Investigate the relationship between the size of a wave and depth to which the effects of its energy can be observed.

By Margaret Olsen, SouthEast COSEE Education Specialist

You can download this activity as a Microsoft Word document, an Open Document, or an Adobe PDF.


  1. To investigate how deep the energy of a wave goes.
  2. To investigate the relationship between the size of a wave and depth of wave energy.

Materials (per group)

  • Aquarium
  • String
  • 5 corks (of equal size and weight)
  • Water
  • Permanent and erasable markers
  • 2 rulers (one must fit inside the aquarium)
  • Modeling clay (to secure the ruler to the bottom of the aquarium)
  • Straight pins

Background Information

Most waves are generated by wind. Such a wave's size depends on how long the wind blows, the strength of the wind, and the fetch (the distance over which the wind blows). The water in a wave moves in a circular orbital pattern downward to a depth of one-half the wavelength.

Also see the Waves Fact Sheet.


  1. Label each cork using the permanent marker.
  2. Cut five lengths of string (at least seven inches in length)
  3. Experimental setupTie one end of each string to one of the rulers. Secure this ruler to the bottom of the aquarium using the modeling clay.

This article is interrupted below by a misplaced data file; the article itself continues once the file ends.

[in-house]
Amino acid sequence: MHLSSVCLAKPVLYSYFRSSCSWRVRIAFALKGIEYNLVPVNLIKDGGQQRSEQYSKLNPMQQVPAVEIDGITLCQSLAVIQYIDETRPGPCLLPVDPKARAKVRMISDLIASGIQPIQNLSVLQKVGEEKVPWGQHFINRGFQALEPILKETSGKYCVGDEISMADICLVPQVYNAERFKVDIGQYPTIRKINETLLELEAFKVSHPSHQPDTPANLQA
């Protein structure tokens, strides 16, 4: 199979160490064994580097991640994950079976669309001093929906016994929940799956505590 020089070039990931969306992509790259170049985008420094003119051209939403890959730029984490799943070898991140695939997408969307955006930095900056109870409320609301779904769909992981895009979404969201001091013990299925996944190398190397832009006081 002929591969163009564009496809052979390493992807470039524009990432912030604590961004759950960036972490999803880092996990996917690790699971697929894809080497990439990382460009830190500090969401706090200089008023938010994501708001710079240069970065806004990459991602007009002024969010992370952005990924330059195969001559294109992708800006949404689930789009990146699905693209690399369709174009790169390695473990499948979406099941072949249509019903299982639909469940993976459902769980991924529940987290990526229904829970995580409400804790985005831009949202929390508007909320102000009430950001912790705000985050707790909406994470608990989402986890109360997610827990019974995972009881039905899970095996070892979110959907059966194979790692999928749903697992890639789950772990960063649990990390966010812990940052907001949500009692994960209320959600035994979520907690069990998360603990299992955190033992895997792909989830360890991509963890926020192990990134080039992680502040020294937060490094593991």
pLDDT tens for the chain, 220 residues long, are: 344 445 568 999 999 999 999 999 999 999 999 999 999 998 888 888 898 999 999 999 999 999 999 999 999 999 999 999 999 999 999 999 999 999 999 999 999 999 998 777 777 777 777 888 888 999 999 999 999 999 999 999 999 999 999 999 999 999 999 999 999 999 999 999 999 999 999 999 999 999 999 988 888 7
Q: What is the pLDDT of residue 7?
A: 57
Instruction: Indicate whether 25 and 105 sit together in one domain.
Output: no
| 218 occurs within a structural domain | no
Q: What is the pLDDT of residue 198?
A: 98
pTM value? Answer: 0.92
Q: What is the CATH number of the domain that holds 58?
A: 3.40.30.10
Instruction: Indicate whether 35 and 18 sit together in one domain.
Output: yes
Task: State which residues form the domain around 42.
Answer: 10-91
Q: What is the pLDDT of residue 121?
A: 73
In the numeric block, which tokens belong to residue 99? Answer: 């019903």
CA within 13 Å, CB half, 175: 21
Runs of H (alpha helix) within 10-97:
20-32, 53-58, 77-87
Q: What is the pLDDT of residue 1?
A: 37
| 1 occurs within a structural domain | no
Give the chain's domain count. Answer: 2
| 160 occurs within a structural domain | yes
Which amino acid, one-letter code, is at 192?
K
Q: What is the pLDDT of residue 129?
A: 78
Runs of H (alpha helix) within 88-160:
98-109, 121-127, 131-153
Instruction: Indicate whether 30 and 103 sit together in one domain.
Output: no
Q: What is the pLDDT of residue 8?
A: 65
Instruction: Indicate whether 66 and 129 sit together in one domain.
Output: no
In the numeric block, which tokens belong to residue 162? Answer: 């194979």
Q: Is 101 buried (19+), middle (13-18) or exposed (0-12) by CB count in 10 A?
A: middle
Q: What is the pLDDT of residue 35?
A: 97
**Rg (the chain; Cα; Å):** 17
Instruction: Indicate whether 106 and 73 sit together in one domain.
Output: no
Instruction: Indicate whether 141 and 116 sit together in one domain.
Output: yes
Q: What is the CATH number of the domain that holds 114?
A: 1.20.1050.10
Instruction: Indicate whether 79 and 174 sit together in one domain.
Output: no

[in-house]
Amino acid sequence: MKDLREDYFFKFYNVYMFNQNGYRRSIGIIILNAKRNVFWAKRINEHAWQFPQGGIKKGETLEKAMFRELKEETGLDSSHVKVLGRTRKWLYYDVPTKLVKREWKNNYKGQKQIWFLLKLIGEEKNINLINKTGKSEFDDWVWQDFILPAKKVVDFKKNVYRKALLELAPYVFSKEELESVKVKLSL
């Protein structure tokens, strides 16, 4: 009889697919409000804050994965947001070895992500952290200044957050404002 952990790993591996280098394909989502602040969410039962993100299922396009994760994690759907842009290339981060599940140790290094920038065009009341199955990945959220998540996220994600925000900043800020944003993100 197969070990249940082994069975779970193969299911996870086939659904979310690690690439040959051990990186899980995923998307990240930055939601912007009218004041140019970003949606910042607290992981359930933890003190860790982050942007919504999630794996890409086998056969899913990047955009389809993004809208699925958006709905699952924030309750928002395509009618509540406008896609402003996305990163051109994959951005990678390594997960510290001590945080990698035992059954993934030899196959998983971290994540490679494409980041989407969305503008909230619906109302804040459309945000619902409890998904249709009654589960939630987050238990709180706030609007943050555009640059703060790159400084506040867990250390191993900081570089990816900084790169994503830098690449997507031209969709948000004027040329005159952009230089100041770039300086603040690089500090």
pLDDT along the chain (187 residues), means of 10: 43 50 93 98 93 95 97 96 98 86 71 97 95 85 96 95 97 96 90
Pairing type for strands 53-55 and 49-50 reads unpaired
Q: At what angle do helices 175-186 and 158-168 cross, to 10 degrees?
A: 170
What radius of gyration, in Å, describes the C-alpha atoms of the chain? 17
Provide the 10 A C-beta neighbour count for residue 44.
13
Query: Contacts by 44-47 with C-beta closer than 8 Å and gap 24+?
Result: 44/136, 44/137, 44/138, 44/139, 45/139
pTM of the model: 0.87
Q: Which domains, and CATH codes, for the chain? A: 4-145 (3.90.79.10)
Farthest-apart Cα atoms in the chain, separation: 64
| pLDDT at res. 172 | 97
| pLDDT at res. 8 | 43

4. Attach the corks to the strings with straight pins. The first should one inch from the bottom, the second two inches from the bottom, and so on.
  5. Add water to the aquarium until it is about one inch above the cork with the longest string.
  6. Record the depth of each cork as measured from the surface.
  7. Make small waves by moving your hand or a block of wood back and forth in the water. Record your observations of the motion of each cork.
  8. Increase the size of the waves by moving your hand or block of wood faster. Observe and record how the increased wave size affects the motion of each cork.
  9. Let the water settle. With an erasable marker, mark the water level on the outside of the aquarium. This line represents “sea level.”
  10. Hold a ruler vertically beside the aquarium and make small waves with your hand again. Measure the heights of the crests and troughs of these small waves and determine the wave height (Hint: the wave height is the difference between the heights of the crests and the troughs. You can also think of it as the distance from the height of the crests to the height of the troughs).
  11. Repeat Step 10 for larger waves.


Table 1: The effect of waves on submerged corks

  Cork 1 Cork 2 Cork 3 Cork 4 Cork 5
Depth (inches)          
Effect of smaller waves          
Effect of larger waves          


Table 2: Wave heights

  Wave height (inches)
Smaller waves  
Larger waves  


  1. When waves were small, which corks moved?
  2. When waves were larger, which corks moved?
  3. How deep did the effect of the small waves go? The larger waves?
  4. Is there a relationship between wave height and the depth to which the effects of the waves' energy can be observed? Explain.


In your own words, explain how deep the effect of the energy of a wave can be felt and the relationship between wavelength and height to wave depth.